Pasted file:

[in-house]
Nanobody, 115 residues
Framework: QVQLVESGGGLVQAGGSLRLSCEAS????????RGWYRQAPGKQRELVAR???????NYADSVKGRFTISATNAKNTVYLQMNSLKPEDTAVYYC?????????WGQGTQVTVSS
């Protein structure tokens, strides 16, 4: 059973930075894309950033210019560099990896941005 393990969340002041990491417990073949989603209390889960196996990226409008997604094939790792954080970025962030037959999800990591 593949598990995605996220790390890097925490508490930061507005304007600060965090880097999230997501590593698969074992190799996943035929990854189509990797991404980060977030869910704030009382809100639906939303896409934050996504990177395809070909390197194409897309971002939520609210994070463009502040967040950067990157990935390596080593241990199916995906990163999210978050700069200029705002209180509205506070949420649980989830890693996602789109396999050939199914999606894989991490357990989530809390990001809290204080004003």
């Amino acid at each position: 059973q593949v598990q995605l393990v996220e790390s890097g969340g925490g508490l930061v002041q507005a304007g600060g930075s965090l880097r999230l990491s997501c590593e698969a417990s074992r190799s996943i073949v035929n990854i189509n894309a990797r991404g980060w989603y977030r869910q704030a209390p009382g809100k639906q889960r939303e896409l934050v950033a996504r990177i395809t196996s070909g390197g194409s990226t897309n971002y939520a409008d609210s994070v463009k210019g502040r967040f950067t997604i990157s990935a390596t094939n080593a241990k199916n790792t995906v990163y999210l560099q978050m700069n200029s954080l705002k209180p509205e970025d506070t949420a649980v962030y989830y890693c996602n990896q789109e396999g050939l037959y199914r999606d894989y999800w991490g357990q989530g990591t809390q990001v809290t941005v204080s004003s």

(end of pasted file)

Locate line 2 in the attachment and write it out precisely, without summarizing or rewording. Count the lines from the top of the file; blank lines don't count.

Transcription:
Nanobody, 115 residues